Despite rarely giving any Emily Browning film an overall positive review, I do remain a fan. Not just because I think she is attractive either, if anything I think it is because she certainly has talent, but the issue is she doesn't find films which are good throughout. They start off strong but once the drama starts to really kick in, usually the film falls apart. Which is what leads to the TV Viewing label for this film since the film started good, not strong but good, and I liked seeing Browning use her great ability to seem vulnerable, a bit cheeky, and certainly someone who could hold her own against not just the male gaze, but all the talent around her. However, once she got diminished to a love interest it was all downhill. Her life became about who her husband may have been with, her wondering if she made the right decision, and then her wanting to escape from her husband. All making for the type of drama done far too much for this film to not put any effort into trying to stand out and make things interesting.
August 15, 2014
This was a depressingly, morbid love story. The cast was phenomenal, but the story was a real downer.
May 10, 2014
A tepid effort that falls short of the mark. Viewers will find the bland plot and weak characterizations not worthy of attention.
½ May 9, 2014
Christopher Menaul (Feast of July) directs this romantic drama based on Jonathan Smith's 1995 novel of the same name about a group of real-life Bohemian artists living in an ocean-side art colony known as the Newlyn School in Cornwall, England, in the early 1910's. Amongst the group of artists is the young Alfred Munnings (Dominic Cooper - The Devil's Double) who is later elected president of The Royal Academy of Arts (in 1944) and his best friend, the peered land agent/non-artist Gilbert Evans (Dan Stevens - 'Downton Abbey'). The arrival of the young aristocratic Florence Carter-Wood (Emily Browning - Pompeii) -- who likes to dabble in the arts -- excites Alfred and the two quickly become a romantic pair ... although things become terribly complicated when Gilbert decides he is in love with the girl as well. It is highly apparent to everyone in the community that the love triangle cannot end well. The film really wants to be something special but there is simply nothing compelling here and the characters as written are not ones anybody would really root for. The Cornish landscape is the lone wonderful take-away from this movie; but that is not reason enough to recommend this dismally depressing and dire waste of time.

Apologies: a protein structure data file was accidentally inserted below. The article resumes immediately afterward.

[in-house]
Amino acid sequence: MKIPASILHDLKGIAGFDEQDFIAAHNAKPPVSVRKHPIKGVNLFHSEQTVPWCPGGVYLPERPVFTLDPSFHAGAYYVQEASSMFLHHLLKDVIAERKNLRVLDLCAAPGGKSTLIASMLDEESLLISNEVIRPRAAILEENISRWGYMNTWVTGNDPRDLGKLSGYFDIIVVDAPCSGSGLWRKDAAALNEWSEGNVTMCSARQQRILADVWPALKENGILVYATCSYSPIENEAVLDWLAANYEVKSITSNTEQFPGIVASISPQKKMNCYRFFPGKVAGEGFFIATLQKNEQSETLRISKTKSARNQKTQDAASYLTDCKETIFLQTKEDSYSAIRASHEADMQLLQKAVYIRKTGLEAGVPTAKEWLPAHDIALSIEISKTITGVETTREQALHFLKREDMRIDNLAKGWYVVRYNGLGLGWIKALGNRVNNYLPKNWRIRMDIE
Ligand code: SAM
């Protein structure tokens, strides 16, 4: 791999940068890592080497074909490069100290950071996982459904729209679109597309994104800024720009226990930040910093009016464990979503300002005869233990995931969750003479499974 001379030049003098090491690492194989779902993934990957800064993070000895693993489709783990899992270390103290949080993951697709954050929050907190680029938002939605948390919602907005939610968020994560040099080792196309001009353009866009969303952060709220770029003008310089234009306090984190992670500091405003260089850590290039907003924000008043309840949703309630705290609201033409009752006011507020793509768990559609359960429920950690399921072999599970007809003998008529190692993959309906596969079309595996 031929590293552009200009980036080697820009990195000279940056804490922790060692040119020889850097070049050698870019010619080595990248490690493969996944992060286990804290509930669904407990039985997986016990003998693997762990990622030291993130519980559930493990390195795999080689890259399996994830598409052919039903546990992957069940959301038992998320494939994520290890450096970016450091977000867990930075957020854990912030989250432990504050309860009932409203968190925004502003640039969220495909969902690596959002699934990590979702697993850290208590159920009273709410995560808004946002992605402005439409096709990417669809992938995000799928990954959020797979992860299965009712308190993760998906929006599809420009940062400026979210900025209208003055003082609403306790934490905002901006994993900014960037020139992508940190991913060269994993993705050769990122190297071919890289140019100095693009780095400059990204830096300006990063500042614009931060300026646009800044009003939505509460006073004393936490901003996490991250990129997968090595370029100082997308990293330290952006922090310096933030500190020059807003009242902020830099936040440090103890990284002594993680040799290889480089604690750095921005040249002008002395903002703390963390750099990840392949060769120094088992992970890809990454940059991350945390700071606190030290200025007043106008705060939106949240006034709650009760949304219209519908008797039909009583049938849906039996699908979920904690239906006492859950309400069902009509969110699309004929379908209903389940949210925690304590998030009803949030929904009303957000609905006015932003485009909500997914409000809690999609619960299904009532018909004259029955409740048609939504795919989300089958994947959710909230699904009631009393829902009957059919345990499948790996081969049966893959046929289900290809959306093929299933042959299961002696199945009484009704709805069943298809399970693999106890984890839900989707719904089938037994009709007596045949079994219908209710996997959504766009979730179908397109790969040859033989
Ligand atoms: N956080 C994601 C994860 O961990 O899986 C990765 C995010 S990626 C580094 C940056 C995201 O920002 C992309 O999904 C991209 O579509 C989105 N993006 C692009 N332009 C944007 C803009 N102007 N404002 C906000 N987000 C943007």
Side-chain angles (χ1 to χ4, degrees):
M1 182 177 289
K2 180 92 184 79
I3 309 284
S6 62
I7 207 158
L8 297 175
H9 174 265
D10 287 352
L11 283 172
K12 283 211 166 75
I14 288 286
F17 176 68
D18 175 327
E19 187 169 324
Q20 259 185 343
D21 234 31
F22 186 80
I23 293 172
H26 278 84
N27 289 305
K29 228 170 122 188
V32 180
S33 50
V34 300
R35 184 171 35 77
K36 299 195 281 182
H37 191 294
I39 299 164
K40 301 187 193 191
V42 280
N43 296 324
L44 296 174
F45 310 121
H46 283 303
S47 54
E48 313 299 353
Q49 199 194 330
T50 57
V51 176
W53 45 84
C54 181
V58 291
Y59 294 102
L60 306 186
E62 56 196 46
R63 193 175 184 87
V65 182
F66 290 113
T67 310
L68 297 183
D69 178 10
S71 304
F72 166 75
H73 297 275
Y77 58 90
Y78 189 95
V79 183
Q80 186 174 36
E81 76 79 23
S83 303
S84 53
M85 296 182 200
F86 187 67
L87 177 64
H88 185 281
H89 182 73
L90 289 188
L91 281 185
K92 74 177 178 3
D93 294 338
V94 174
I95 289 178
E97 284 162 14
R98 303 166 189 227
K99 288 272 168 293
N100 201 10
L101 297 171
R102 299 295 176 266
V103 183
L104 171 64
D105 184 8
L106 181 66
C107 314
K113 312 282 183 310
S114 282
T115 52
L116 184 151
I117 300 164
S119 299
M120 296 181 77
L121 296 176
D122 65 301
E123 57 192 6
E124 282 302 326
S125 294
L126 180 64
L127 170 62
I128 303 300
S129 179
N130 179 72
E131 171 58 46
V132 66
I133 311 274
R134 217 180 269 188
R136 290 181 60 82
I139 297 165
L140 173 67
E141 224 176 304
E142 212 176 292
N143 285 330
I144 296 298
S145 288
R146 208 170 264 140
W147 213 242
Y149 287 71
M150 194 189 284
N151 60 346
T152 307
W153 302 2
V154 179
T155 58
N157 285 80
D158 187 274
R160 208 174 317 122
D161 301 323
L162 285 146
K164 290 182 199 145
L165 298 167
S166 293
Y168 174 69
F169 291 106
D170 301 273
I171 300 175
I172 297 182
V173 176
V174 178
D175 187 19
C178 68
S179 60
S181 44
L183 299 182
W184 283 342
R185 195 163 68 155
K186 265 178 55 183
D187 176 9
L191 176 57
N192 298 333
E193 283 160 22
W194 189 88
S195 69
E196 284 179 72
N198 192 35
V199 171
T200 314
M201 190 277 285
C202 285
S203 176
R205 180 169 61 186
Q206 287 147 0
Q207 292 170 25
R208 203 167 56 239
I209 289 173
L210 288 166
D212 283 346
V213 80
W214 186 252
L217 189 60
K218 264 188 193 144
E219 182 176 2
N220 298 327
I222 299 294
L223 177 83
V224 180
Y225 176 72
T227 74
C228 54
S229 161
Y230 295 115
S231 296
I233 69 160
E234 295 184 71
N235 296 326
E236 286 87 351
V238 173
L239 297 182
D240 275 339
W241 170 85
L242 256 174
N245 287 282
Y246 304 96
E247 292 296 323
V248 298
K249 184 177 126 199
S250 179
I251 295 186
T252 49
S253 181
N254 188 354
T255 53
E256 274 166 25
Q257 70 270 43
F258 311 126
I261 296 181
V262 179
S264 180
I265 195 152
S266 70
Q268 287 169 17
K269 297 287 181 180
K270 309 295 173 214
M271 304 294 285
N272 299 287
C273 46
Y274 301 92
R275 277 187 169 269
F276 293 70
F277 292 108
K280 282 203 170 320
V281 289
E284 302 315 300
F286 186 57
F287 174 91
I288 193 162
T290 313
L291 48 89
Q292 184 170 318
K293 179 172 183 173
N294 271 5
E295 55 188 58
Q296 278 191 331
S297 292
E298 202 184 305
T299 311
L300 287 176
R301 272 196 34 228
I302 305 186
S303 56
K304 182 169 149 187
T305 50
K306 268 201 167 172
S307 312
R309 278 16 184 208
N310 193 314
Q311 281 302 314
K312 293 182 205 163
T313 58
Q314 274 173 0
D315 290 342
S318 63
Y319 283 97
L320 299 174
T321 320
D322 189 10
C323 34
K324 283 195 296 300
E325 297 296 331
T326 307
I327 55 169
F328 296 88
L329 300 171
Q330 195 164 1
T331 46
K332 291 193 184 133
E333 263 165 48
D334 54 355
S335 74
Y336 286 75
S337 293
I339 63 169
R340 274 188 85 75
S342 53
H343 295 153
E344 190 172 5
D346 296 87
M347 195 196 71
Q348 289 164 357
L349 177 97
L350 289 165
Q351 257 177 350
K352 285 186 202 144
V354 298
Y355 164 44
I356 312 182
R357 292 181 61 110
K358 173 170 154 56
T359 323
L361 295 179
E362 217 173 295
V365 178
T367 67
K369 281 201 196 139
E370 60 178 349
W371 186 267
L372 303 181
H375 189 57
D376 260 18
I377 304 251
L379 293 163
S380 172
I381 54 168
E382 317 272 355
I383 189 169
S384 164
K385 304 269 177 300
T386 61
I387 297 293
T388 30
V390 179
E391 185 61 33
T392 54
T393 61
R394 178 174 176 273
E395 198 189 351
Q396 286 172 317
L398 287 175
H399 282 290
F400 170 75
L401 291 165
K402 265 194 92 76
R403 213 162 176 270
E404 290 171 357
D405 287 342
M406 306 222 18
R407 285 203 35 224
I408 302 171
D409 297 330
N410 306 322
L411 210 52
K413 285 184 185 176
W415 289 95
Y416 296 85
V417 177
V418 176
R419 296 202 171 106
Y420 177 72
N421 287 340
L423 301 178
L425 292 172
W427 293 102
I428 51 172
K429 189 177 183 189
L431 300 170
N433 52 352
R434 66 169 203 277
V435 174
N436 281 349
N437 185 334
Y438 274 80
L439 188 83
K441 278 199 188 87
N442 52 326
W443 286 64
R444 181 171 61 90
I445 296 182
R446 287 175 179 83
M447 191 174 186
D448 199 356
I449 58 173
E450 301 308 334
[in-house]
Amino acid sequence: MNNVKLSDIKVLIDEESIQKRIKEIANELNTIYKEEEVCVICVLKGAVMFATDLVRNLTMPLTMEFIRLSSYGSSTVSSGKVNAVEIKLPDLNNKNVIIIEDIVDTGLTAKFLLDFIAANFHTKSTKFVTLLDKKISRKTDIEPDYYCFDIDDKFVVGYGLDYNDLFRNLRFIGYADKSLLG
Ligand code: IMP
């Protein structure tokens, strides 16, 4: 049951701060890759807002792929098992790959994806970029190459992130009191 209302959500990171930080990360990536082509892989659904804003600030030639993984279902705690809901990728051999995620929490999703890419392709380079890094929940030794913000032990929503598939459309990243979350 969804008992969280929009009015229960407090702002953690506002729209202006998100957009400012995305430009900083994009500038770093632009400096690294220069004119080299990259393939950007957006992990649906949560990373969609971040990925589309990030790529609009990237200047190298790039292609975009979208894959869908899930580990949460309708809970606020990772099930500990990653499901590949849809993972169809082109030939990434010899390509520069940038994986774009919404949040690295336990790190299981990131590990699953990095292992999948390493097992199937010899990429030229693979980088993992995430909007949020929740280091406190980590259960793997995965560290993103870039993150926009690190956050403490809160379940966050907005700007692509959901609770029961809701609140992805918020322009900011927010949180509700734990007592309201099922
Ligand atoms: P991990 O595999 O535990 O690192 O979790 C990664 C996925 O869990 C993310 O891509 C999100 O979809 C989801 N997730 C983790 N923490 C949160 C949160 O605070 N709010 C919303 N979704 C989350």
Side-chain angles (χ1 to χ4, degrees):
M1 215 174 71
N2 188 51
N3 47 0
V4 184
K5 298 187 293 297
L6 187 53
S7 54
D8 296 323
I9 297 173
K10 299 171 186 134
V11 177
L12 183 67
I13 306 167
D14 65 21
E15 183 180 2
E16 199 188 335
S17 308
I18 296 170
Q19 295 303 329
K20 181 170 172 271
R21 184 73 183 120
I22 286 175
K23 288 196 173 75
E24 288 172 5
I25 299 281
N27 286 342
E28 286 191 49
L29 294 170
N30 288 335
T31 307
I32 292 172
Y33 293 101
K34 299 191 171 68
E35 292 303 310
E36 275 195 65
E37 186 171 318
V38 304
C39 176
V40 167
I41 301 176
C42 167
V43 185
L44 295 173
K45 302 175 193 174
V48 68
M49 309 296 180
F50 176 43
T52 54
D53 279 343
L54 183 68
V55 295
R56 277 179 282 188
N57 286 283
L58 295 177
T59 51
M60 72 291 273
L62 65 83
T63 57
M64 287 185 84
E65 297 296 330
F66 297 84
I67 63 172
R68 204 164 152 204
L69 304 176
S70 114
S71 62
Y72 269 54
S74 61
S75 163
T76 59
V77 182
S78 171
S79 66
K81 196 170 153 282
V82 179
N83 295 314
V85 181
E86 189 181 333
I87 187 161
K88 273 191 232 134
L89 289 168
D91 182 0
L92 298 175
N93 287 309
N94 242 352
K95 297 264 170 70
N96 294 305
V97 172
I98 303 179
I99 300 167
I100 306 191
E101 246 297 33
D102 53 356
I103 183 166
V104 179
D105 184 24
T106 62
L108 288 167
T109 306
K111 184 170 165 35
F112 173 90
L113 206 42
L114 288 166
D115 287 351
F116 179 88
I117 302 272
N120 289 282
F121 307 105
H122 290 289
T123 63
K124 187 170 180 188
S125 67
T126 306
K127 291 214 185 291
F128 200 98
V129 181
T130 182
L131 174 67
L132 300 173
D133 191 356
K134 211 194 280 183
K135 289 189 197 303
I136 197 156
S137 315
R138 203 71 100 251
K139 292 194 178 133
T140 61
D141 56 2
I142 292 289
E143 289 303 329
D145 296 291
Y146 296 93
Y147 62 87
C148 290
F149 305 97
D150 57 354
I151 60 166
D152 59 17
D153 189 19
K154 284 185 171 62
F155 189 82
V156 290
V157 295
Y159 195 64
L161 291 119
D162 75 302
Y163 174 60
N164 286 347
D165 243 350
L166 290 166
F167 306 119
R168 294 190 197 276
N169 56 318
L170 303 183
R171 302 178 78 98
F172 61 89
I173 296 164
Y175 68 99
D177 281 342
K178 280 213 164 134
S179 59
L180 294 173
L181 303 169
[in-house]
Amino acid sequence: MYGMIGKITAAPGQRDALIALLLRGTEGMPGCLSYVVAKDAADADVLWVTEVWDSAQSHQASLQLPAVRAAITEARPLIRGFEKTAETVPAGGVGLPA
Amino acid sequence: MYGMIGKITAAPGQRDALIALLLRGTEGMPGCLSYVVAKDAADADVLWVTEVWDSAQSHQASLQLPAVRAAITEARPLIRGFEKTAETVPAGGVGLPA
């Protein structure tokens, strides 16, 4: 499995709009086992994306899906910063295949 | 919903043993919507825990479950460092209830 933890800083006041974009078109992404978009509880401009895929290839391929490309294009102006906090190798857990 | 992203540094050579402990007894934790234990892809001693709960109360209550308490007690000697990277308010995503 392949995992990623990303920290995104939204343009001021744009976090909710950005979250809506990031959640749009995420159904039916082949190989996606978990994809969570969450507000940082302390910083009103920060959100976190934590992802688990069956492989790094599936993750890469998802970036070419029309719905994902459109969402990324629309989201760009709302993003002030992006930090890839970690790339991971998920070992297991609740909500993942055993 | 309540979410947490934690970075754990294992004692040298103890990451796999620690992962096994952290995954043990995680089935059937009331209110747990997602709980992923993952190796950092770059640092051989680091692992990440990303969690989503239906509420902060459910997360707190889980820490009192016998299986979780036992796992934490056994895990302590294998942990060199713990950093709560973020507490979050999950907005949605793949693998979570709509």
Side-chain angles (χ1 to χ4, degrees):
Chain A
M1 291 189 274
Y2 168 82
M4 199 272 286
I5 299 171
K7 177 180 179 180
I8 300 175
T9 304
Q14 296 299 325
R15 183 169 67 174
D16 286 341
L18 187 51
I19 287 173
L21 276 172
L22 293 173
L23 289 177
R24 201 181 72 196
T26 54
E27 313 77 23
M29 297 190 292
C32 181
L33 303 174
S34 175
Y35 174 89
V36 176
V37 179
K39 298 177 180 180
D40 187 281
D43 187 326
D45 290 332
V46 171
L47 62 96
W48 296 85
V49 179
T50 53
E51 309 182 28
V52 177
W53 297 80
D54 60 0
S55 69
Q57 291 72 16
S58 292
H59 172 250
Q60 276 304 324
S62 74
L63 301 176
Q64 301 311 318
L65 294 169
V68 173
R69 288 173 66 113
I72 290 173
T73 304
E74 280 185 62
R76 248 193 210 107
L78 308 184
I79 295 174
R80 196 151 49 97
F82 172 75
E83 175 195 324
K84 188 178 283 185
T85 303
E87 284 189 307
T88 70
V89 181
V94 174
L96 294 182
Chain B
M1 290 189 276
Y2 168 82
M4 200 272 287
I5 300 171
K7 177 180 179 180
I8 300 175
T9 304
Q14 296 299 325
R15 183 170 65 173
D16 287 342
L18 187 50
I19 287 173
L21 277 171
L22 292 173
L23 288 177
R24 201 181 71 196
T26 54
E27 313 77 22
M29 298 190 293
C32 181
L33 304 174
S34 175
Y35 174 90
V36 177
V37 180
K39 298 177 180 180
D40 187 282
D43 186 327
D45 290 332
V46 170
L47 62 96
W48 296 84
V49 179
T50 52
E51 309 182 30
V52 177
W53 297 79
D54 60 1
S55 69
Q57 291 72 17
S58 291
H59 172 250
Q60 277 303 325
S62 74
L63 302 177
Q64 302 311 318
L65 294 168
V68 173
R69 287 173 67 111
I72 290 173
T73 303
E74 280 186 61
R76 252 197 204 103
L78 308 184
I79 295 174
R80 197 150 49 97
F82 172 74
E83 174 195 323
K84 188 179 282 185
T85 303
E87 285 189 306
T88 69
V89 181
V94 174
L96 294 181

March 16, 2014
Wish I'd checked out the reviews before watching this. A load of lazy boring rubbish.
½ March 11, 2014
I had many problems with this. Aside from the fact that it lacks charm, is bland, features uninteresting characters, and, has a painfully clichéd-riddled story, it simply gave me no reason to care for any of the characters involved despite its "tragic" story. What was most disappointing was that the cast delivered strong performances, which were unfortunately wasted here.
February 16, 2014
Love, infidelity and suicide among the Newlyn Group. Oh dear. Such production values. Such hats. SO many good actors acting. Such coastal scenery. Nice dog. And all for nothing. I am glad I decided to polish the brass, for which useful activity this dreary and undercharacterised tale is a suitably anodyne backdrop.
February 10, 2014
I have no background knowledge of the subject matter so I don't know how accurate it was. The film seemed a bit disjointed at the end.
December 31, 2013
There's not really much good that can be said about this film. So I'll just say it was nice to see Dan Stevens again, since he no longer appears in Downton Abbey.